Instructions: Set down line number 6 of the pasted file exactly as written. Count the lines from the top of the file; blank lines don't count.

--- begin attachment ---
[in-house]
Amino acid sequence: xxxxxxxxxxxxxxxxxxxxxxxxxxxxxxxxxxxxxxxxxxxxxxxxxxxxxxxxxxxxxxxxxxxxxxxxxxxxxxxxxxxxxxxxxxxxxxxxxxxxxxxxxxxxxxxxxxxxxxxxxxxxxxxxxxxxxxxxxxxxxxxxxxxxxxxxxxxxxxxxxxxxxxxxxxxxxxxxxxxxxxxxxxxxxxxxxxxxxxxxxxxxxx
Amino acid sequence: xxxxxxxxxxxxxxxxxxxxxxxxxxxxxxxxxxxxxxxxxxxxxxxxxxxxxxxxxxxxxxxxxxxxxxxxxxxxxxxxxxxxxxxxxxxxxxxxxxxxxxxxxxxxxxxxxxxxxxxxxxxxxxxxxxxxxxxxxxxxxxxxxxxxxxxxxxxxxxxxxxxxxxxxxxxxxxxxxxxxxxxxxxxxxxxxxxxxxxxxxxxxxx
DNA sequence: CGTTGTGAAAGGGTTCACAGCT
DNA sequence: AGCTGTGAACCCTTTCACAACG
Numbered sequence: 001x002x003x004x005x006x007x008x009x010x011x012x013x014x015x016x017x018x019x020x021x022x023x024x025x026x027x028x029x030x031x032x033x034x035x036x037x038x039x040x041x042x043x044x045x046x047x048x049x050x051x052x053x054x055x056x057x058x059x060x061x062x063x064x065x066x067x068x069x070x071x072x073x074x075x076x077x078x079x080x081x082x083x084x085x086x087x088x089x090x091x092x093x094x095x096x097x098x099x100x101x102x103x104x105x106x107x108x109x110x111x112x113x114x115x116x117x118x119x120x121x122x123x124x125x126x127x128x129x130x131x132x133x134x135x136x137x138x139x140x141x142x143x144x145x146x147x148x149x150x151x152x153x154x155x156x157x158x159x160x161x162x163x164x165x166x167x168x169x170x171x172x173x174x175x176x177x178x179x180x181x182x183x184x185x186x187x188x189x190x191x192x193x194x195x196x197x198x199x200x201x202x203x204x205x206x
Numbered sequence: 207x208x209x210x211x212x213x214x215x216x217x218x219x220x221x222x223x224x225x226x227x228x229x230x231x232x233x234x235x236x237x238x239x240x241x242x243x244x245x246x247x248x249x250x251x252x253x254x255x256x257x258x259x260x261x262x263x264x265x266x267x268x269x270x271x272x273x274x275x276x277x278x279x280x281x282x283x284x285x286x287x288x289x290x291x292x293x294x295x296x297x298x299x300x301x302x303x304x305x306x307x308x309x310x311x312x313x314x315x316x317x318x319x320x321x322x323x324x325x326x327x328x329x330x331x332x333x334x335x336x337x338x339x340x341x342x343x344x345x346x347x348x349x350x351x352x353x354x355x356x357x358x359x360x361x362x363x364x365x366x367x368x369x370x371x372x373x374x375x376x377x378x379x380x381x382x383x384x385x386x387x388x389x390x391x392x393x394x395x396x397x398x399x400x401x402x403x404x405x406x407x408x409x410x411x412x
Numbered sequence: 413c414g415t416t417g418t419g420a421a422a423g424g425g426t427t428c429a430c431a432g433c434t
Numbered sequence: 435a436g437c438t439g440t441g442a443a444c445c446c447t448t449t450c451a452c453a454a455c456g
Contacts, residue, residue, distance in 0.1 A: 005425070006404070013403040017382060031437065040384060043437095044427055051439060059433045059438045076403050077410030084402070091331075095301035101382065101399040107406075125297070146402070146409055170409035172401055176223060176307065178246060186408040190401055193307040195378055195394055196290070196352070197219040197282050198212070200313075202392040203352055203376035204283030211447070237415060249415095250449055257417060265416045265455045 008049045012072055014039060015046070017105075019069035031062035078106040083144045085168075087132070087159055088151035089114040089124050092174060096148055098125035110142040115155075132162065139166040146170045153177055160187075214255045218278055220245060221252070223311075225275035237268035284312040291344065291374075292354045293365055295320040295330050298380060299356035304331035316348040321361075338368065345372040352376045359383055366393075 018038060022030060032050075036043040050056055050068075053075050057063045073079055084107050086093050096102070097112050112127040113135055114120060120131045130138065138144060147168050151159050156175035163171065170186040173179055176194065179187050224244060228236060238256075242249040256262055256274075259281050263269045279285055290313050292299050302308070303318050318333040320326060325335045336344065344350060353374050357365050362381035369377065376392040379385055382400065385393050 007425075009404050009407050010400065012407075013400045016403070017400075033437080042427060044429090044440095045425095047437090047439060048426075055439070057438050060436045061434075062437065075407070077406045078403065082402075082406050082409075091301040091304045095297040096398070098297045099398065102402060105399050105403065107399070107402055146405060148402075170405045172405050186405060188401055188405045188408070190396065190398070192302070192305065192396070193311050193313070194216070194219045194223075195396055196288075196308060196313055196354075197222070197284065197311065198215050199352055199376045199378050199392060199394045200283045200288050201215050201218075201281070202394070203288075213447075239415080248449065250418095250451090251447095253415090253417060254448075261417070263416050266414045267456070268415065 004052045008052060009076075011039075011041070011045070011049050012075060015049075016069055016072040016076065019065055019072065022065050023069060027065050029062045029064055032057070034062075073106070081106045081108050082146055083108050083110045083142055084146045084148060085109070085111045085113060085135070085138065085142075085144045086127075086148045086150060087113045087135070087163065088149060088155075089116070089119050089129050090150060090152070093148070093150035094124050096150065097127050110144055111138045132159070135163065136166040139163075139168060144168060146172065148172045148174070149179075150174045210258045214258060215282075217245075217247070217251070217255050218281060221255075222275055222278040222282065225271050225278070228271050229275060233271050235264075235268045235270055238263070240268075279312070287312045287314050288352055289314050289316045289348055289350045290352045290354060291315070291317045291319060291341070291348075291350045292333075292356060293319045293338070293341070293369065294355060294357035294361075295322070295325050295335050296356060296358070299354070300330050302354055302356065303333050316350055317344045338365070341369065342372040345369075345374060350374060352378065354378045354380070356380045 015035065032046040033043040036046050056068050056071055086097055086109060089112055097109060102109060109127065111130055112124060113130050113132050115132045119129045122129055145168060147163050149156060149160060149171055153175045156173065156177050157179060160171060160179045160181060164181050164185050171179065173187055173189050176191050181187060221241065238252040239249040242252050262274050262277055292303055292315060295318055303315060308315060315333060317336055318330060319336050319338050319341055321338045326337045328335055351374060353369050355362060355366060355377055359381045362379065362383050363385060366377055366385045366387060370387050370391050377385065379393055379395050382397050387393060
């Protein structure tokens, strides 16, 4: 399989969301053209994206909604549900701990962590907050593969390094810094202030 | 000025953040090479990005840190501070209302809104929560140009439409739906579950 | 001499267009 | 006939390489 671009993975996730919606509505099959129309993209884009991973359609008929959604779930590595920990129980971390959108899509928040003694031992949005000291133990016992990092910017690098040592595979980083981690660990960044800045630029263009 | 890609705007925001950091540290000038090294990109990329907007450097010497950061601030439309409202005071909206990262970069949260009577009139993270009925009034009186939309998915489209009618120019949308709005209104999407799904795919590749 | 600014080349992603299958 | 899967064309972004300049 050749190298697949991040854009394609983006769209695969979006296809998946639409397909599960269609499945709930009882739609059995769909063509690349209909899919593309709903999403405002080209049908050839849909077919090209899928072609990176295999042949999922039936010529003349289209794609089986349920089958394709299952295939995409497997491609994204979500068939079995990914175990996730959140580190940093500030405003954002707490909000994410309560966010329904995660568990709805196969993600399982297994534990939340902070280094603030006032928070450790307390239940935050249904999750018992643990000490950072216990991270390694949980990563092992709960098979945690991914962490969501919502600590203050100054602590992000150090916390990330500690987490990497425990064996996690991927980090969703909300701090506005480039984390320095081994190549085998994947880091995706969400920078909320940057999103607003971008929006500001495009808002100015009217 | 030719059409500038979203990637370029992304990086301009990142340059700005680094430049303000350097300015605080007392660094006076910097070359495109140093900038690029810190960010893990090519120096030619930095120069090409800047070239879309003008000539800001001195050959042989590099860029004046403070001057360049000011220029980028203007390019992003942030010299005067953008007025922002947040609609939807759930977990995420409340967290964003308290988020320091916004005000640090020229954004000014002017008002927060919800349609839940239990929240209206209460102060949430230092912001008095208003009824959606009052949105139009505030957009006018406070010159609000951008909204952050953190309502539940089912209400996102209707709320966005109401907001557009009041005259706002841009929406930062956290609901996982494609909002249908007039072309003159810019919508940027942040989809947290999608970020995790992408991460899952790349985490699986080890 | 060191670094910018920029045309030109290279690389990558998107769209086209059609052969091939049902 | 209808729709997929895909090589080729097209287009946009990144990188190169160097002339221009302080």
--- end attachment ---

Numbered sequence: 001x002x003x004x005x006x007x008x009x010x011x012x013x014x015x016x017x018x019x020x021x022x023x024x025x026x027x028x029x030x031x032x033x034x035x036x037x038x039x040x041x042x043x044x045x046x047x048x049x050x051x052x053x054x055x056x057x058x059x060x061x062x063x064x065x066x067x068x069x070x071x072x073x074x075x076x077x078x079x080x081x082x083x084x085x086x087x088x089x090x091x092x093x094x095x096x097x098x099x100x101x102x103x104x105x106x107x108x109x110x111x112x113x114x115x116x117x118x119x120x121x122x123x124x125x126x127x128x129x130x131x132x133x134x135x136x137x138x139x140x141x142x143x144x145x146x147x148x149x150x151x152x153x154x155x156x157x158x159x160x161x162x163x164x165x166x167x168x169x170x171x172x173x174x175x176x177x178x179x180x181x182x183x184x185x186x187x188x189x190x191x192x193x194x195x196x197x198x199x200x201x202x203x204x205x206x